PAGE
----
o Look at OPERATIONALISING SDG’s – mapping SDG principles against company objectives, benchmarking against peers, identify key focus areas through a gap analysis, understand externalities, develop partnerships (e.g. look at twinning arrangements in developing countries) 

From Hopeless to Closed Loop – Singapore’s Journey from 3rd World to 1st World Water and Sanitation – John Poon 
“This will be an outline of the amazing journey Singapore is currently taking to gain water independence and build a safer and more secure future for its people. Over the past 20 years, Singapore has transformed its water infrastructure into one of the very few large-scale closed loop urban water cycle systems. What has been achieved so far is amazing but what is planned and now being built is even more incredible.” 

John’s address presenting the Singapore case study was an excellent back-up to Eva’s challenge on our approach to securing a sustainable future in respect of water supply and sanitation. Many of the building blocks outlined by Eva as imperative for progress have been implemented in Singapore, primarily recognition by Government that they had a problem, and then defining a collaborative framework for all stakeholders to achieve a sustainable basis for the improvement of quality of life and business security into the future. 

The Four National Taps approach was innovative and purposeful, identifying the precious sources of water critical to the city’s future:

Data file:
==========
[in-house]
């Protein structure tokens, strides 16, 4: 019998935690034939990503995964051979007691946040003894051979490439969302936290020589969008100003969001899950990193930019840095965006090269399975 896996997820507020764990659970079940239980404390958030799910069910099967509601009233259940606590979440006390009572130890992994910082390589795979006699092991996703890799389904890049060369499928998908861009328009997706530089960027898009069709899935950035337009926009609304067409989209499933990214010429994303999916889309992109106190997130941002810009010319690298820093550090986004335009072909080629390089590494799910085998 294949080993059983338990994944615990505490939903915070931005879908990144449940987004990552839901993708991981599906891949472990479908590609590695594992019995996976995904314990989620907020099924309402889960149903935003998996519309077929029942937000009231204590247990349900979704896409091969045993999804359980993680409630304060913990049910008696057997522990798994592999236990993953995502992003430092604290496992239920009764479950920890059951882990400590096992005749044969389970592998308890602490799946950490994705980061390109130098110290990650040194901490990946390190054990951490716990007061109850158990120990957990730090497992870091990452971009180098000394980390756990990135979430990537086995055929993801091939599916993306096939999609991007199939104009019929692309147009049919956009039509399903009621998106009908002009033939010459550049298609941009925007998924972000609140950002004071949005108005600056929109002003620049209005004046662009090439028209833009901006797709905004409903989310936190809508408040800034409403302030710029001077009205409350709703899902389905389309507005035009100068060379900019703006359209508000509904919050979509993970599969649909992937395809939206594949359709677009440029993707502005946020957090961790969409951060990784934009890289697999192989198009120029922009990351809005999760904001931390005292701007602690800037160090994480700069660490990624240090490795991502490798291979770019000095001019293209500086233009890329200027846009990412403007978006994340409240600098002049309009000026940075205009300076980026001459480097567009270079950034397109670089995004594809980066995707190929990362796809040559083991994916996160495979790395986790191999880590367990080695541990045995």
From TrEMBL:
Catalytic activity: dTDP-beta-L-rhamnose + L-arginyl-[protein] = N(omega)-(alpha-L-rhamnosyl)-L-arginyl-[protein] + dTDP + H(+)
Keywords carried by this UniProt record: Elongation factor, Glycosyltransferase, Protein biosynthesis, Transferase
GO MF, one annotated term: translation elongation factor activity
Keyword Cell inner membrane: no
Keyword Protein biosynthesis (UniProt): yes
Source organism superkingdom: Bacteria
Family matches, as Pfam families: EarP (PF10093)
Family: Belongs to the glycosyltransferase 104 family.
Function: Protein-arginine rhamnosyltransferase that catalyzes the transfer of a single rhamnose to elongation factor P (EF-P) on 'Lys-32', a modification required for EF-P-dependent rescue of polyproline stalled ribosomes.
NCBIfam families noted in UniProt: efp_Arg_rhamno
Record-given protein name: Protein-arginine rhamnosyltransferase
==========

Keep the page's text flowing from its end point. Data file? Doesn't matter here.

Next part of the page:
Imported water from Malaysia. 
NEWater (recycled water); 
Water desalination; and. 
Local catchments (i.e. stormwater runoff) and reservoirs 

Singapore also adopted their 3P Approach (process, product and people) as follows: 
“Conserve Water” 
“Value Our Water” 
“Enjoy Our Water” 

The facts and figures were fascinating, including supporting a population of approx. 4.5million people, 900ML/d Changi water treatment plant, 800ML/d proposed new water reclamation plant (MBR, with full energy recovery, nutrient removal and carbon abatement), 14 reservoirs, 7,000km of waterways and drains, etc.

John highlighted some key achievements since inception, primarily the integrated approach to creating a liveable city combining open, green space, with water management facilities and infrastructure. Central to their approach is the involvement of people (communities) in the strategy – be they commerce, industry or residential. Everyone is aware of the role that they and the environment play in securing all the components of the ‘Four Taps’. This approach is inherent in their ABC Waters Programme: